Now for your comments, Mr. Seaich.  With respect to Deuteronomy 32:8-9, the proper interpretation is not as simple as you want to make it.  Citing TDOT as if that settled the matter would get you a well-deserved 'F' in any exegesis class.  Now certainly it is possible that Elyon and Yahweh are to be distinguished here.  As I already granted to Hamblin, the reading 'sons of God' is probably to be preferred to the MT ('sons of Israel').  But that is only half the battle.  It is still also possible to interpret this passage as saying that Elyon/Yahweh 'divied out' the other nations to various angelic authorities, but chose Israel to be his own special people.  Which reading do you think fits best with the general theological tendencies of Deuteronomy?  Monotheism or polytheism?  The idea that two Gods are to be distinguished here really reflects a judgement about the pre-history of the text.  The monotheistic tendencies of Deuteronomy as a piece of literature are uncontested.

Your other arguments are even more tenuous.  You cite a Harvard dissertation in support of the meaning of 'inheritance' for NHL.  You would have been better off to check a lexicon first.  The fact of the matter is, NHL has at least two distinct lexical connotations: 1) simply 'to possess'; and 2) 'to inherit'.  Either meaning is possible, and the context is determinative as to which meaning fits best.  To verify this simply look up NHL in Gesenius, or Koehler/Baumgartner, and you will see both lexical meanings given for both the verbal and noun forms.  The meaning of 'possession' fits the context best, not only in Deut. 32:9, but also throughout the OT, where NHL is used to describe how Yahweh has chosen and redeemed Israel to be his own people (cf. 32:10ff).  For example: ''But the LORD has taken you and brought you out of the iron furnace, from Egypt, to be a people for his own possession'' (Deut. 4:20).  ''O LORD GOD, do not destroy Thy people, even Thy possession, whom Thou has redeemed through Thy greatness'' (Deut. 9:26 cf. v. 29).  ''O LORD . . . pardon our iniquity and our sin, and take us as Thine own possession'' (Exod. 34:9).

''They are Thy people and Thy possession which Thou hast brought forth from Egypt'' (1 Kings 8:51).
''Save Thy people, and bless Thy possession'' (Psalm 28:9).
''And the LORD will possess Judah as his portion in the holy land, and will again choose Jerusalem'' (Zech. 2:12 [16 Heb].

All of these uses of NHL illustrate the meaning of 'to possess', not 'to inherit', because Yahweh is taking Israel for his own; Israel is not being given to Yahweh by some higher Father God.  Also, were 'inherit' the meaning of NHL in Deut. 32:9, we might expect the hophal stem of the verb to be used, rather than the noun form which occurs.

With regard to your citation from the (Pseudo) Clementine Homilies, a fourth-century Arian text with anti-Pauline tendencies is hardly much evidence as to the correct interpretation of a Hebrew document written many centuries prior.  Your citations of Pseudo-Cyprian and Plato (!) are also worthless in this context.  Your observation that Philo believed that the Greeks got their learning from Sinai is also a useless piece of trivia.  Nobody thinks that Philo (or Justin for that matter) was correct in this regard.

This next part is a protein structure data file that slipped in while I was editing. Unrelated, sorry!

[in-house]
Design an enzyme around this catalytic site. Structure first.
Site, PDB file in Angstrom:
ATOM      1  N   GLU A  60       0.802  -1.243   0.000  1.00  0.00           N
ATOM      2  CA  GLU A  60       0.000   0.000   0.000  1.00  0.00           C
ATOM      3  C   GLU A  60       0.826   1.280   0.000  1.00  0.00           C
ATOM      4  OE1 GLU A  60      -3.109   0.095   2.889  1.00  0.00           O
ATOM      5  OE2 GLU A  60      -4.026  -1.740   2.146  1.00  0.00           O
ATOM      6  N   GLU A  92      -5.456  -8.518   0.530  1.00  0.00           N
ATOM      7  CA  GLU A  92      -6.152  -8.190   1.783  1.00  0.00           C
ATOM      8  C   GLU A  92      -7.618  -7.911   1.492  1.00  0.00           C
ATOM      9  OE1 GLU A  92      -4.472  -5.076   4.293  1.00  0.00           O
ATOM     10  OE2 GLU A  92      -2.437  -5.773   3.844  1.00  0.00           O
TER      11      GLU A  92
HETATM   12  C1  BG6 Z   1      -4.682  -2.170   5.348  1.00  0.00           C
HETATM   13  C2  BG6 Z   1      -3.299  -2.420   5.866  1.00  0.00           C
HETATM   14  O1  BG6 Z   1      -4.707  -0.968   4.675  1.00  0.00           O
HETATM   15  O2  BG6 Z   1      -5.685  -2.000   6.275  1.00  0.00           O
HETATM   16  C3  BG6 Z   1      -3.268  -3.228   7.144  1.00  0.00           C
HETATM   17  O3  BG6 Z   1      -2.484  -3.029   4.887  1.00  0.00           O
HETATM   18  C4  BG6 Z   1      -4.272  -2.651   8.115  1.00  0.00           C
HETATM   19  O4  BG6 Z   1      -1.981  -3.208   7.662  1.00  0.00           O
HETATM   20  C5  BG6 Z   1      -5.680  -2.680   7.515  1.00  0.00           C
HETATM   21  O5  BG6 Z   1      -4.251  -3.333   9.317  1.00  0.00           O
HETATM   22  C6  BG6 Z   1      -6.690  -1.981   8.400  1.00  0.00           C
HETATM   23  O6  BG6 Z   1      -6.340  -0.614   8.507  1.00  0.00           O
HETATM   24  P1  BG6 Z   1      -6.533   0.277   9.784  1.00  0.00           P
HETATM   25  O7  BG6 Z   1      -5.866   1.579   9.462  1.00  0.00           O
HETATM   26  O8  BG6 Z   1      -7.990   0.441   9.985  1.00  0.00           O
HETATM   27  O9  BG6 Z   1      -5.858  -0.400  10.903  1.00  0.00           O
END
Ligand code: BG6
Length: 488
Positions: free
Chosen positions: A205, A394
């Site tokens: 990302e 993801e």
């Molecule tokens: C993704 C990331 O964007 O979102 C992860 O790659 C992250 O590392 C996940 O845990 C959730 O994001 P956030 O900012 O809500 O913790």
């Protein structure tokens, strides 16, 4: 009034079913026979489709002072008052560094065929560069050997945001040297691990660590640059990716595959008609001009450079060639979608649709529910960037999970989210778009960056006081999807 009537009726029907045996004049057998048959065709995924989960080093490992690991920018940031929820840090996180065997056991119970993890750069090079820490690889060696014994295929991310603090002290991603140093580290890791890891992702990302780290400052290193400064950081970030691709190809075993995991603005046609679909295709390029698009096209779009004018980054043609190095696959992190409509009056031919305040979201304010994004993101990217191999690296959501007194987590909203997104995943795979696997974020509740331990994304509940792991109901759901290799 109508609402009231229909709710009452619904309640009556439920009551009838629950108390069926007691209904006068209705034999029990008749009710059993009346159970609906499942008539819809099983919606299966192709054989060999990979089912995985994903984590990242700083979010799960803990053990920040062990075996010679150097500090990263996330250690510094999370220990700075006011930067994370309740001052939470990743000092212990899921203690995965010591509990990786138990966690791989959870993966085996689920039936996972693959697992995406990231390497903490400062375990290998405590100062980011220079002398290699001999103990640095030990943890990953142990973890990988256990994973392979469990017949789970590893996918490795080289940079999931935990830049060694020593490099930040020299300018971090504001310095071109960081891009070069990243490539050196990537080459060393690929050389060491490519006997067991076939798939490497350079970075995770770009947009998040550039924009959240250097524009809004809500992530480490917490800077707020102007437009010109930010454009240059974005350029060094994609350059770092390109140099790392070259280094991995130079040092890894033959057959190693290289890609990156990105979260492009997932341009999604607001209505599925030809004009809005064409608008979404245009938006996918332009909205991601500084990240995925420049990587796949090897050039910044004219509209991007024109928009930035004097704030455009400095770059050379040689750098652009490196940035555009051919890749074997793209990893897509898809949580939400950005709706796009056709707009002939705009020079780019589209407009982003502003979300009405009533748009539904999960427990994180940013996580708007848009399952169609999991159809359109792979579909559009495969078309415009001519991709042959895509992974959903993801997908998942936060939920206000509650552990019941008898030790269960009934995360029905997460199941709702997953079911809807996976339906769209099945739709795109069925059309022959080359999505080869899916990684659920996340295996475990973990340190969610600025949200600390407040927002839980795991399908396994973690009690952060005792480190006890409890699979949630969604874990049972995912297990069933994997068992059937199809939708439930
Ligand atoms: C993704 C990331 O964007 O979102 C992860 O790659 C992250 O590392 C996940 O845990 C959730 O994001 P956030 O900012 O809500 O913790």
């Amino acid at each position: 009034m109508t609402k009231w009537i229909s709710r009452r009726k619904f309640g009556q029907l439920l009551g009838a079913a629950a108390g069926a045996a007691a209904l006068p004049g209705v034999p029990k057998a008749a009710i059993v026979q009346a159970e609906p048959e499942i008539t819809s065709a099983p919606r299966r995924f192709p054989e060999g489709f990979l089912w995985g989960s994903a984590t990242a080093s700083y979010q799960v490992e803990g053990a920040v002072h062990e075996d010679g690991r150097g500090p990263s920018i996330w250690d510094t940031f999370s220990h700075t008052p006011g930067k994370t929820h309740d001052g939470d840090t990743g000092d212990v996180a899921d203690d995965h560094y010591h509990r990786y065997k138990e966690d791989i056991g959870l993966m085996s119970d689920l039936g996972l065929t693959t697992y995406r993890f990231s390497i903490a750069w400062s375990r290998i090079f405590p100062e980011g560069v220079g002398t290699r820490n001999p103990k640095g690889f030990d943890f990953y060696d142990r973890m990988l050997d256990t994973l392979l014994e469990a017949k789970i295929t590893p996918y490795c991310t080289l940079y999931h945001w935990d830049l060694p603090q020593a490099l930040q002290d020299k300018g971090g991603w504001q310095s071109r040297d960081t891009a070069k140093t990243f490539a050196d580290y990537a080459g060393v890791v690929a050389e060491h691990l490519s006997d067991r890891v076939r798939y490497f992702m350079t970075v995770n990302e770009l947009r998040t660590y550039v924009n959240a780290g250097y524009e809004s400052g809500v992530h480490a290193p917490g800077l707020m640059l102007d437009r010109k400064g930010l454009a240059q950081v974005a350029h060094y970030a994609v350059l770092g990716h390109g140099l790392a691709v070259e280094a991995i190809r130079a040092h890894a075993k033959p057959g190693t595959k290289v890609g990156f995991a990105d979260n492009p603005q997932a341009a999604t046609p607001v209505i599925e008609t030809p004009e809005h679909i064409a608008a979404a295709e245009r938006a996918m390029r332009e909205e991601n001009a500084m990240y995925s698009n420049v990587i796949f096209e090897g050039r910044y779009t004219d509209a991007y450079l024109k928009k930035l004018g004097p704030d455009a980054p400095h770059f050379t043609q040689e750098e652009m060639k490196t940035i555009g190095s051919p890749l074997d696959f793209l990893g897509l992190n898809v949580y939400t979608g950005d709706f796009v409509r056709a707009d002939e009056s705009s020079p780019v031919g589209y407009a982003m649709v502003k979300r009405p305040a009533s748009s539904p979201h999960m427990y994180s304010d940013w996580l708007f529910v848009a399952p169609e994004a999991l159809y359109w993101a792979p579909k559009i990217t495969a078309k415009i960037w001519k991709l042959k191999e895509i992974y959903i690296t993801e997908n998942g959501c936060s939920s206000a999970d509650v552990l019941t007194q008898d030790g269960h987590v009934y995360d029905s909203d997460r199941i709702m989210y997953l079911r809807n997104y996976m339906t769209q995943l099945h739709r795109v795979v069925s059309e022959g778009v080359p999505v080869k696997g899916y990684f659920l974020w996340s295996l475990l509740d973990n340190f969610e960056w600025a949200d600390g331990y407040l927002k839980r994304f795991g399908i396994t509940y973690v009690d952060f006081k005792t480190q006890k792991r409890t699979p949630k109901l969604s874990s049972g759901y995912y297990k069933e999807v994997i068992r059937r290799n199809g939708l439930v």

Before moving on to your discussion about the Trinity and deification, you gave me the impression (maybe I am wrong) that all 'objective' scholars recognize that the book of Deuteronomy was not written by Moses, and that it reflects the monotheistic tendencies of the later Deuteronomists; whereas ignorant fundamentalist Christians think Moses wrote Deuteronomy, and that Israel was monotheistic all along.  Might I point out to you that the idea that literary strata in the Pentateuch can be distinguished on the basis of different names (e.g. Elohim and Yahweh) is itself passe?  Just to cite a couple of Evangelical scholars here, Raymond B. Dillard (Ph.D., Dropsie) and Tremper Longman (Ph.D., Yale) write in An Introduction to the Old Testament (Leicester: Apollos, 1995):  ''Virtually no one today accepts Wellhausen's idea that in the pages of the Old Testament one could trace a religious evolution from animism to henotheism to monotheism'' (p. 45).  ''Indeed, at the present time traditional source criticism is on the wane in all circles.  The cutting edge scholarship is devoting less and less energy . . . to the question of sources and more and more to the final composition of the Pentateuch and the individual books within it'' (p. 44).  Dillard and Longman point out that scholars are less inclined to chop up the text into various pieces on the basis of source-critical analysis, especially pertaining to the divine names since ''the use of different divine names (particularly Elohim and Yahweh) may result from stylistic practice rather than the use of sources'' (p. 45). ''Furthermore, the use of multiple names for a god in a single text is reasonably common in extrabiblical Near Eastern texts'' (p. 45).  Does this mean that critical scholars are inclined to go back to the view of Mosaic authorship of the Pentateuch?  Of course not.  Rather, the increasing tendency is to respect the unity of the text as literature, and date the whole form of the present text around the time of the exile or later.  But if you are going to use to arguments of critical scholars to support your views, you might as well try to keep up with the current scholarly trends.